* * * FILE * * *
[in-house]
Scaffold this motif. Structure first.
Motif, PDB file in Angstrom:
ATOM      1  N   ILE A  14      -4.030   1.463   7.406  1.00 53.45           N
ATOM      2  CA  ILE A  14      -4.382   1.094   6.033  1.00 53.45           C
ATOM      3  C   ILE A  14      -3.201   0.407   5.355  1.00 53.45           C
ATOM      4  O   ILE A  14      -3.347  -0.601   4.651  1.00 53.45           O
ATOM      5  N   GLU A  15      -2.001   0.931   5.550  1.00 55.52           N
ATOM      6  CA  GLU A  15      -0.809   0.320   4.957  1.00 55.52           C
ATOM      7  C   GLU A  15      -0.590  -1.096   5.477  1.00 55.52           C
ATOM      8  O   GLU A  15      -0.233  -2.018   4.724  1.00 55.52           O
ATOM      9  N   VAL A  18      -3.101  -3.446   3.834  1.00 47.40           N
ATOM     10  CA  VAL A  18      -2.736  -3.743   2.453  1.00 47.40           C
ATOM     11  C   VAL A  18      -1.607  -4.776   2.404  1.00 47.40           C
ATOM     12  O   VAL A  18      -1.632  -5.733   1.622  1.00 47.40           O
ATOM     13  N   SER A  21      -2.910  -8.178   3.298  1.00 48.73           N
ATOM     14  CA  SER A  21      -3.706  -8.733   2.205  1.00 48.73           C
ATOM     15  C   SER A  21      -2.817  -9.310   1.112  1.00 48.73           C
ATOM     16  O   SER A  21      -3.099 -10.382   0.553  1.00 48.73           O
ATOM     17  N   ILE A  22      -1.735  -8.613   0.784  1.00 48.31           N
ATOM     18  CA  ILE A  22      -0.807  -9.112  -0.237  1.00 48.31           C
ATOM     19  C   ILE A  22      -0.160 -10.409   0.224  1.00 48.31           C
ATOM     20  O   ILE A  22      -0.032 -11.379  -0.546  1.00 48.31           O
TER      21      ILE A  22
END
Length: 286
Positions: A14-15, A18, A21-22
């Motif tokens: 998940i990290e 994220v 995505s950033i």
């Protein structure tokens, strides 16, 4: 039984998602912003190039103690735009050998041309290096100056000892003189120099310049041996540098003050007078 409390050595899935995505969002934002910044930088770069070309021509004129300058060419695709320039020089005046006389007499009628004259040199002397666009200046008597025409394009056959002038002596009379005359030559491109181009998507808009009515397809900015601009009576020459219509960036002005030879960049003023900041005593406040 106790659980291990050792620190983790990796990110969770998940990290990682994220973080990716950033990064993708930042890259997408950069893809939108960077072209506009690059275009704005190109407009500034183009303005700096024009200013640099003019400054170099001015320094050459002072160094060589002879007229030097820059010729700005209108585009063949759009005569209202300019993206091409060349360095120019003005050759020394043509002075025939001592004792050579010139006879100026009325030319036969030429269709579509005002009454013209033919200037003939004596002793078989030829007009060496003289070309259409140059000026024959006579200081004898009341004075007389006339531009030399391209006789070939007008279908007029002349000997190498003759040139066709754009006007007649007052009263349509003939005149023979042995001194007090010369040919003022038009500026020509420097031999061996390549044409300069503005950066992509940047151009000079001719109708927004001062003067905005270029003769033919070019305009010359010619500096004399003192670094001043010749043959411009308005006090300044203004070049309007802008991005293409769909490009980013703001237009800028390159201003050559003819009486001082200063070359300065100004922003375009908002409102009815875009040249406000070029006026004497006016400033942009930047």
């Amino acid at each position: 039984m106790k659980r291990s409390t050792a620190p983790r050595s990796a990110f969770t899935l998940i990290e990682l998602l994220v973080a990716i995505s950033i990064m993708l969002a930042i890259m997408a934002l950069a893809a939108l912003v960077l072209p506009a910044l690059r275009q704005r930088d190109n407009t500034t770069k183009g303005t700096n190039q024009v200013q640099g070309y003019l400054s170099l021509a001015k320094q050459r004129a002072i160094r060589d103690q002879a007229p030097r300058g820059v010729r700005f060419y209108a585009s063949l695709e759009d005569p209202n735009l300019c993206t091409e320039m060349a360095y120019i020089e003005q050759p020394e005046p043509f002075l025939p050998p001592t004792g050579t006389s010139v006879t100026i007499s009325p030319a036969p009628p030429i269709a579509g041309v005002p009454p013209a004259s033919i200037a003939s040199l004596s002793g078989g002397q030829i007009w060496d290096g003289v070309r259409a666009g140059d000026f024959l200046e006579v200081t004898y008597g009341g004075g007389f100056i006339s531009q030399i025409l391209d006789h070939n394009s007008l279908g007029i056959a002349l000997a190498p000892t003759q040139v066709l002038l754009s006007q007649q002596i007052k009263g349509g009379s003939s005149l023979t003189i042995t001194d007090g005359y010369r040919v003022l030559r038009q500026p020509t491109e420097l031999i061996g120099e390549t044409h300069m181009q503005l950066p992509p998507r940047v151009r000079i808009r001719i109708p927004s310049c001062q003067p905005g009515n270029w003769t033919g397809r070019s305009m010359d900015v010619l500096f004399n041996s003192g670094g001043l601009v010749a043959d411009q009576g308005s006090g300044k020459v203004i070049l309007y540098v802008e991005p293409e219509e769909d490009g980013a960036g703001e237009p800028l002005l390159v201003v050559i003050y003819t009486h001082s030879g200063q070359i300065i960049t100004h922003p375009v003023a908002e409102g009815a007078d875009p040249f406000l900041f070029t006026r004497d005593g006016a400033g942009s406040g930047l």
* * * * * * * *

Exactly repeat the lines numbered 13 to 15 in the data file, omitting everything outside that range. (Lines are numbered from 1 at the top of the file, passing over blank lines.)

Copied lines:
ATOM     10  CA  VAL A  18      -2.736  -3.743   2.453  1.00 47.40           C
ATOM     11  C   VAL A  18      -1.607  -4.776   2.404  1.00 47.40           C
ATOM     12  O   VAL A  18      -1.632  -5.733   1.622  1.00 47.40           O